November 16, 2013

ALL COMEDY IS CONSERVATIVE:

Andy Kaufman's Best Lies : This week's hoax over his supposedly continued existence pales in comparison to what the comic accomplished at the height of his powers. (KEMBREW MCLEODNOV 15 2013, Atlantic)

I myself got suckered by Andy Kaufman back in 1982. I vividly remember watching a professional wrestling show as a kid when the Taxi star appeared at the Mid-Atlantic Coliseum in Memphis, Tennessee. "I'm from Hollywood," he sneered, pointing at his cranium as he mouthed off about his higher intelligence and how southerners were stupid. After he went too far with his shtick, I cheered when wrestler Jerry Lawler stepped in and shoved him to the ground.

"Lawler, you think you're really being smart," Kaufman ranted. "Look, I'm from Hollywood. That's where we make movies and TV shows. ... I'm not from down here in men-fus ten-uh-see, okay?" What a total jerk, I thought. Kaufman kept needling the crowd about how his matches with women were real and that professional wrestlers were phonies. I seethed. Andy Kaufman is such a jerk, and I really, really hate him. I even stopped watching Taxi because of it.

Eventually, this ugly display overflowed into another favorite show of mine. "On April 5th, 1982, in Memphis, Tennessee," David Letterman said, introducing the Late Night segment, "Andy Kaufman--the actor-comedian and Intergender Wrestling Champion--had his first wrestling match with a member of his own sex." In true Kaufman form, the segment descended in chaos. Lawler eventually slapped him across the face, which unleashed a torrent of expletives and coffee thrown in the direction of the wrestler. 

I had never seen anything like that on television, and my adolescent mind was blown wide open. In my defense, I only knew Kaufman as the affable Latka Gravas character on Taxi and had no clue about his previous history of trickery. I was too young to have seen his offbeat Saturday Night Live performances in the 1970s, nor did I witness his other surreal televised acts.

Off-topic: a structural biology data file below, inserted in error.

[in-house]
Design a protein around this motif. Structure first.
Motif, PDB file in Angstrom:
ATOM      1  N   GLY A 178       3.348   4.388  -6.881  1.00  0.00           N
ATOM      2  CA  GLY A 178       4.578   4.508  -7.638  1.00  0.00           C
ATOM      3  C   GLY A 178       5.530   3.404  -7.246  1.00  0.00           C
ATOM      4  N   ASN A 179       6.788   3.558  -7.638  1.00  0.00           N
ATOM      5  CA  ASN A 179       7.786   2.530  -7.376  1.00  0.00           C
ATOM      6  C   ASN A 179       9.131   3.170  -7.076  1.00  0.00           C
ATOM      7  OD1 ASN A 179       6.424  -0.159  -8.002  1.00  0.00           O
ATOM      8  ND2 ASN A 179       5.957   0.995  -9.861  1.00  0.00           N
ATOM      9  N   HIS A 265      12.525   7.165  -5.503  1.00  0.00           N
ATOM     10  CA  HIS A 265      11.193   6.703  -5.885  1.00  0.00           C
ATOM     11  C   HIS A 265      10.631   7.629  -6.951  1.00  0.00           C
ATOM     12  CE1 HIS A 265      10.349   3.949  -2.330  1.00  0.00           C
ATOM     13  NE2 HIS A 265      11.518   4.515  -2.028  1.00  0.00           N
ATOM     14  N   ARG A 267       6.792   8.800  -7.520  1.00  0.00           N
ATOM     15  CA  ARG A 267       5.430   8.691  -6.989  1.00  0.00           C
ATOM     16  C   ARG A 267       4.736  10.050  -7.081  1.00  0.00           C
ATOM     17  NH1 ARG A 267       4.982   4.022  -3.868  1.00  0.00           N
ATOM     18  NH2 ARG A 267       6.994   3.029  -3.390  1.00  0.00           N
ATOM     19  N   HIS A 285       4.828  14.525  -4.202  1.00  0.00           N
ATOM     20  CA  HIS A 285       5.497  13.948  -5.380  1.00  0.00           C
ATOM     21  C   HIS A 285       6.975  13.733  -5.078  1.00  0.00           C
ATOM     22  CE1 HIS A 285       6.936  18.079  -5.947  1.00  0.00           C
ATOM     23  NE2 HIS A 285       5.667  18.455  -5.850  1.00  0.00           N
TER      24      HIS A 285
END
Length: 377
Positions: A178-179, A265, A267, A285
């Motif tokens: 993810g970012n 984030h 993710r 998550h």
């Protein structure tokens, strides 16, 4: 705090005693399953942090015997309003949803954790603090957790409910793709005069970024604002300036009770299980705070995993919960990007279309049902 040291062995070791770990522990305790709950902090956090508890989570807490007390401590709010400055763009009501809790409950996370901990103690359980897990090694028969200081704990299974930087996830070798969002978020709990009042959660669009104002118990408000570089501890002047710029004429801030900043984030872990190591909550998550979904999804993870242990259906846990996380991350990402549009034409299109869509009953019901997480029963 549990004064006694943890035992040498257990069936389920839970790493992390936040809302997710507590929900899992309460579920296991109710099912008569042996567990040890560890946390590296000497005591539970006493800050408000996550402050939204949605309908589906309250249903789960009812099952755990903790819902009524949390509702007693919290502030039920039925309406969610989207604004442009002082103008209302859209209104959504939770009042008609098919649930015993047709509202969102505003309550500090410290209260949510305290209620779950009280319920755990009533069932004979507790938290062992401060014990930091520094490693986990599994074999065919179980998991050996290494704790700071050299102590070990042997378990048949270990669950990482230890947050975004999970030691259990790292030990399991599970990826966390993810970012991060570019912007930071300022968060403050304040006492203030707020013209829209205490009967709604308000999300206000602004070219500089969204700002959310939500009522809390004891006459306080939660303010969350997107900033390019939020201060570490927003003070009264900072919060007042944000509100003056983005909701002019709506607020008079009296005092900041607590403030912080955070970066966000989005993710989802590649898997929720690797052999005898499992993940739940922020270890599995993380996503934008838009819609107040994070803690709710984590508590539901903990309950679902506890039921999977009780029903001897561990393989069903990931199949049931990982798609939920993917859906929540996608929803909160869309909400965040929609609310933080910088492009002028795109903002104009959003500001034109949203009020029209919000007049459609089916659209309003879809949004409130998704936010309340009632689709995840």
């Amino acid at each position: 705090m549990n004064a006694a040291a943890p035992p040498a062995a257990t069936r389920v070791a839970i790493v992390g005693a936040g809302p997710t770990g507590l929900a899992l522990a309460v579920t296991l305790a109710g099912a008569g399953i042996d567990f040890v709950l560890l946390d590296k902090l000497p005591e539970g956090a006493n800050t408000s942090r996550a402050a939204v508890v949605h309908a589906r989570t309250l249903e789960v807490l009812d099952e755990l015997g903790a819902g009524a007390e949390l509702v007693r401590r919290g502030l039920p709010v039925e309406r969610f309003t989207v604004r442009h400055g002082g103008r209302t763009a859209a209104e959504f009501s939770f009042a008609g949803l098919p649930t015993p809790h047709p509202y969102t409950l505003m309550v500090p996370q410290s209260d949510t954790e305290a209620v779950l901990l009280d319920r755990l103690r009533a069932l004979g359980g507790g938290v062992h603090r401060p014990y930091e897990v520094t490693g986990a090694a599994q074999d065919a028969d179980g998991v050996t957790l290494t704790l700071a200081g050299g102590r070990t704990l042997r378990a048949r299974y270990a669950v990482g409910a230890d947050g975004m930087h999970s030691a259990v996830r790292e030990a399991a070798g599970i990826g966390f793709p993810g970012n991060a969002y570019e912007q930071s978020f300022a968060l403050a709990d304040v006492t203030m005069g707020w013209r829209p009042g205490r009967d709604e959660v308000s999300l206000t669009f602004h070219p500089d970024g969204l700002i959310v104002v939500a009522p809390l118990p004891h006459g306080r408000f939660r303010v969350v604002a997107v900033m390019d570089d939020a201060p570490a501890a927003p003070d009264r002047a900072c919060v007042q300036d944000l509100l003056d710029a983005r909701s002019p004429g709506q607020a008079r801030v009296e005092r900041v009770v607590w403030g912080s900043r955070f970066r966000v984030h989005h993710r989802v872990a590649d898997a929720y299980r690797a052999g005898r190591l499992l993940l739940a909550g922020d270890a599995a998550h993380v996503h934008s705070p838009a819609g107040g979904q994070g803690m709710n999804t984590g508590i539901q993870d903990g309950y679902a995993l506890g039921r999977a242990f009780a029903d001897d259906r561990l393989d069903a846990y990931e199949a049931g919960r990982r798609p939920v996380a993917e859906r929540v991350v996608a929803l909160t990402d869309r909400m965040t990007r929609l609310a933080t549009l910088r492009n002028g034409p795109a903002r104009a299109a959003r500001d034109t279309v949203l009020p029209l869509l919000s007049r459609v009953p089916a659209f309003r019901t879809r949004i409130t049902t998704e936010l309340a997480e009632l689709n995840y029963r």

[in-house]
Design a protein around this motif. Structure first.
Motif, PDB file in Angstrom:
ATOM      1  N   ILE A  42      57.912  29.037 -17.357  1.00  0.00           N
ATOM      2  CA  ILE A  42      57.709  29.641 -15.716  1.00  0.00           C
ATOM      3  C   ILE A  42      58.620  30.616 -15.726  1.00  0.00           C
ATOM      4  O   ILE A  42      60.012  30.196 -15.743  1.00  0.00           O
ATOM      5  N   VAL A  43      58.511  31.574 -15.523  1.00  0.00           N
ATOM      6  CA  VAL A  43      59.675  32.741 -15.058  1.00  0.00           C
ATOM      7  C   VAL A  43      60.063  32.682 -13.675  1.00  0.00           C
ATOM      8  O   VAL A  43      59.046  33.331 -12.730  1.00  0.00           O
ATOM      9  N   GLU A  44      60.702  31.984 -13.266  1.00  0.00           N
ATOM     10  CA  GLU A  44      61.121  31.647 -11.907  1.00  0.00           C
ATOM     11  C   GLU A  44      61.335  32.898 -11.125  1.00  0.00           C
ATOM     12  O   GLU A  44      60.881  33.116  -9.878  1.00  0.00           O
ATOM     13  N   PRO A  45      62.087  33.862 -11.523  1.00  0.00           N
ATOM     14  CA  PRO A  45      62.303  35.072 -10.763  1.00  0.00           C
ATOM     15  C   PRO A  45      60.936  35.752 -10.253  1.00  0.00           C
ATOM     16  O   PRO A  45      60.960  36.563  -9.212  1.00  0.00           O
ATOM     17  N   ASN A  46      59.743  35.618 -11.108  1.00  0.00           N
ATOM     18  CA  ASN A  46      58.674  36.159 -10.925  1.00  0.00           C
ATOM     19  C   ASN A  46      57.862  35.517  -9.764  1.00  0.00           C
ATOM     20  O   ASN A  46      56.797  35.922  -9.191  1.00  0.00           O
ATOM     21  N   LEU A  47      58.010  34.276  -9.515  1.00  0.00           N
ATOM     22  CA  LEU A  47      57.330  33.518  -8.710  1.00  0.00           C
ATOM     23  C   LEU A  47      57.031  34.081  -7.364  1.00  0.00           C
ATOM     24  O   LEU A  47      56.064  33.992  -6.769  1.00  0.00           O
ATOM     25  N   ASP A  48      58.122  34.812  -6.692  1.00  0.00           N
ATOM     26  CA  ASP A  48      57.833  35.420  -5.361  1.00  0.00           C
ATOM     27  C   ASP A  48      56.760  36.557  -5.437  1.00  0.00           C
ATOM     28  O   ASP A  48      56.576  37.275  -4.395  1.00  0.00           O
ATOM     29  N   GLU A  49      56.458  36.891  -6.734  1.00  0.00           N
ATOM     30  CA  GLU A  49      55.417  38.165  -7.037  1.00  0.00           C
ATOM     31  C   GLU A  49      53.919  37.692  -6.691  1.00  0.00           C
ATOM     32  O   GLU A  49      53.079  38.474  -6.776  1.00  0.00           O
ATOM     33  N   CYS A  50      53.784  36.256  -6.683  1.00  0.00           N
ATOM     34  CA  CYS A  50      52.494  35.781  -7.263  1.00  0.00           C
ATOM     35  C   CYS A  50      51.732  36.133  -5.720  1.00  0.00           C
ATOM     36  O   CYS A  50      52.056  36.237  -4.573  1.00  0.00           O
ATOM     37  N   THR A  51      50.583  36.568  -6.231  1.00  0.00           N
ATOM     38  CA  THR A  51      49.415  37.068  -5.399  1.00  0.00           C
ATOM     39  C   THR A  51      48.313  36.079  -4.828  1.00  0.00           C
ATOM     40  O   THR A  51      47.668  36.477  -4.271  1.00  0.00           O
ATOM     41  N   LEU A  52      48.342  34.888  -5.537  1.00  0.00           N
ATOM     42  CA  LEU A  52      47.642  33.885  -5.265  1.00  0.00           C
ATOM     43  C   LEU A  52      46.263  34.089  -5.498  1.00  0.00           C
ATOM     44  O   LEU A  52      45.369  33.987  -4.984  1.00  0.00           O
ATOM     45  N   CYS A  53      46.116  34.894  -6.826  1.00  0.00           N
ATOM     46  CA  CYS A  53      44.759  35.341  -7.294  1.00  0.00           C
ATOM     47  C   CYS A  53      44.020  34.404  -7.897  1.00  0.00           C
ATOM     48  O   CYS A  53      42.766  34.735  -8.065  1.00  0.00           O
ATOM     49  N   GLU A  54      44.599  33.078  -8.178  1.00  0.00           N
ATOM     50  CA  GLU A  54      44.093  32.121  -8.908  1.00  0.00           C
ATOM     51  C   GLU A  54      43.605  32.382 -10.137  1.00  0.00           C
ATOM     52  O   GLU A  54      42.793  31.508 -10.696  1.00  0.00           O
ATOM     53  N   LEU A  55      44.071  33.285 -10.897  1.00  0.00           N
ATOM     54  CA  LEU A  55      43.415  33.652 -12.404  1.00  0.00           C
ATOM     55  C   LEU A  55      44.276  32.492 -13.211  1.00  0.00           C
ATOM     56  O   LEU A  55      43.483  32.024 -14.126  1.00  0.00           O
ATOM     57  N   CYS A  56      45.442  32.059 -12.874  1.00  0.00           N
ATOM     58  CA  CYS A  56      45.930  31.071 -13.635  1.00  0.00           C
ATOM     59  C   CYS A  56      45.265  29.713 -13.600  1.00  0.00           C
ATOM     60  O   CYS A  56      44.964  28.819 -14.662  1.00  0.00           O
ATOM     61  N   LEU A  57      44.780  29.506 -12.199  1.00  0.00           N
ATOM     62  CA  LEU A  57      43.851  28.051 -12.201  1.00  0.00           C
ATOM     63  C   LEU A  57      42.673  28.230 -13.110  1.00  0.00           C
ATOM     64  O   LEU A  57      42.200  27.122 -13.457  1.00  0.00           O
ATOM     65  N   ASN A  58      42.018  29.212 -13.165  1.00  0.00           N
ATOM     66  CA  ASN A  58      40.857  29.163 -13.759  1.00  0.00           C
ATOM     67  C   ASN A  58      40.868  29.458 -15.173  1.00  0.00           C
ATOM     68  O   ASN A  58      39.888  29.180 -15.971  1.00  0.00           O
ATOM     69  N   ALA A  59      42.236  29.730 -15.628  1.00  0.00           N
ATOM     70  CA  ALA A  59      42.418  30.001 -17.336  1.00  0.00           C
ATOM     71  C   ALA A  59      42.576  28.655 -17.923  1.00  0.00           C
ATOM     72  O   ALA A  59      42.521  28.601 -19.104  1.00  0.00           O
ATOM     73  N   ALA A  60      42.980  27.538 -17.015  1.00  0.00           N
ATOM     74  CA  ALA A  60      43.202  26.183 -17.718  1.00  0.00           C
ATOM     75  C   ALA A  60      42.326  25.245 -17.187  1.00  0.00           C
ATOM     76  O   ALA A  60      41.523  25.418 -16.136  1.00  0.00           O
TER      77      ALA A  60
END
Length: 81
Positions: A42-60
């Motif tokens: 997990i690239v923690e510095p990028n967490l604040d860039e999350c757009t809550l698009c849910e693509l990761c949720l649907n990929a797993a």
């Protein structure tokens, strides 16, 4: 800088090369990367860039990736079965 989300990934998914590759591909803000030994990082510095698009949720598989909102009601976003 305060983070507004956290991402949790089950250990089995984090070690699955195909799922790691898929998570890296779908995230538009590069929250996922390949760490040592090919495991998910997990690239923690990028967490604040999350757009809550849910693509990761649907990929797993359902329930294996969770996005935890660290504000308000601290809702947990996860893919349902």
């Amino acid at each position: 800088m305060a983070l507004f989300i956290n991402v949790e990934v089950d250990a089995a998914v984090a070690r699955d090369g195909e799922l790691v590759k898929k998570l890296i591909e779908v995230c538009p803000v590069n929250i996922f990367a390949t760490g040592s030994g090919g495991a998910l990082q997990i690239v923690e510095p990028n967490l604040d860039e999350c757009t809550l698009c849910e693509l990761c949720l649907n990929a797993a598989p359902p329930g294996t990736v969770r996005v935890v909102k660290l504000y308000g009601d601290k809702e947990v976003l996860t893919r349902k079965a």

It took me years to catch on, and only then did I realize Kaufman's hijinks had body-slammed my consciousness. It all came into focus long after his death, when his friend and collaborator Bob Zmuda finally confirmed that Lawler had conspired with them. "Jerry is quite the gentleman," Zmuda wrote in his 1999 book Andy Kaufman Revealed!, "and a helluva good sport." [...]

Catch a Rising Star comedy club owner Rick Newman told the New York Times, "I really didn't know he was putting me on. ... He did Foreign Man until the audiences were booing and walking out. Then, suddenly, he broke into his incredible Elvis imitation and caught us so completely by surprise that we ended up crying, we were laughing so hard." Audiences returned for the act--not so much to watch Kaufman as to see the crowd trying to process what was happening.



Posted by at November 16, 2013 8:22 AM
  

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